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The cyclist is travelling on a public road, and a bicycle is a vehicle. This means that the bicycle in this example must be treated in the same way as you would treat a car.
Run-through of the alternative answers:
- I must give way, because the cyclist is coming from the right.
– Correct. The priority-to-the-right rule says that: “When the paths of two vehicles intersect with each other, drivers are obliged to give way to the vehicle coming from the right” (Road Traffic Ordinance).
- The cyclist must give way, because the road I am travelling on continues across the junction.
– Wrong. This has no significance.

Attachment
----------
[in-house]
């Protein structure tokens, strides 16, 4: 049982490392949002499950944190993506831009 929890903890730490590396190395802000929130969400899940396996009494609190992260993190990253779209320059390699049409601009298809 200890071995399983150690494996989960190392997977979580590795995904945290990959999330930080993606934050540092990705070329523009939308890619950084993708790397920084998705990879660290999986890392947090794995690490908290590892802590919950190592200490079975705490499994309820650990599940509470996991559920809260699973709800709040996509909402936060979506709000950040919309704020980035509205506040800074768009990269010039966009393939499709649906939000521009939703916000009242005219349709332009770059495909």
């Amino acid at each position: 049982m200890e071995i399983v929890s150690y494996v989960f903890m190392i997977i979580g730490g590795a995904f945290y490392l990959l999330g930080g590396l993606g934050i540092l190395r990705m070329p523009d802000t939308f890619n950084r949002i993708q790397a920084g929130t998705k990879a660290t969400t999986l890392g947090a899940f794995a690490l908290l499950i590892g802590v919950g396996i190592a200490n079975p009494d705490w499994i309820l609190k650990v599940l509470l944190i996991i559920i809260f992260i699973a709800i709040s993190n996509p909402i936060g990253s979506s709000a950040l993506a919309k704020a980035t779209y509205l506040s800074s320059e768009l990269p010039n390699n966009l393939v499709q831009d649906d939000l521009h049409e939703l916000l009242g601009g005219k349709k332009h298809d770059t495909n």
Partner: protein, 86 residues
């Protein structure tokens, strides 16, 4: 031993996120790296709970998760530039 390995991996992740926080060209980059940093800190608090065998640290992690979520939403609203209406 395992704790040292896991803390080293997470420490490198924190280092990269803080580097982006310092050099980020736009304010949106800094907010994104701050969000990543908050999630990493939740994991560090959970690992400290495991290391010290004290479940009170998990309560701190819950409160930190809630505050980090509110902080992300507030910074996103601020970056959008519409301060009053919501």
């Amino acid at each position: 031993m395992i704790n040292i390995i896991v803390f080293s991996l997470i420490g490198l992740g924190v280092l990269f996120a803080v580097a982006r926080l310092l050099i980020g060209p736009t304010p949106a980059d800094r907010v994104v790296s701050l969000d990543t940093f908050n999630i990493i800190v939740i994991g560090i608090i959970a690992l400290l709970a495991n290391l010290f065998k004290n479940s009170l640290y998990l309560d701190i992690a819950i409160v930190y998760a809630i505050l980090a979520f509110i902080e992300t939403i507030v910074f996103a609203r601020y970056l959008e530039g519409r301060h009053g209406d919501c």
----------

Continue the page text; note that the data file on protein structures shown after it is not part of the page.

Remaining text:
- I must give way, because the cyclist is an unprotected road-user.
– Wrong. This has no significance. It is true that you must be particularly careful where there are unprotected road-users, but this does not change the rules for the obligation to give way.
- The cyclist must give way, because cyclists always have an obligation to give way when they are not on a bicycle path.
– Wrong. There is no such rule.
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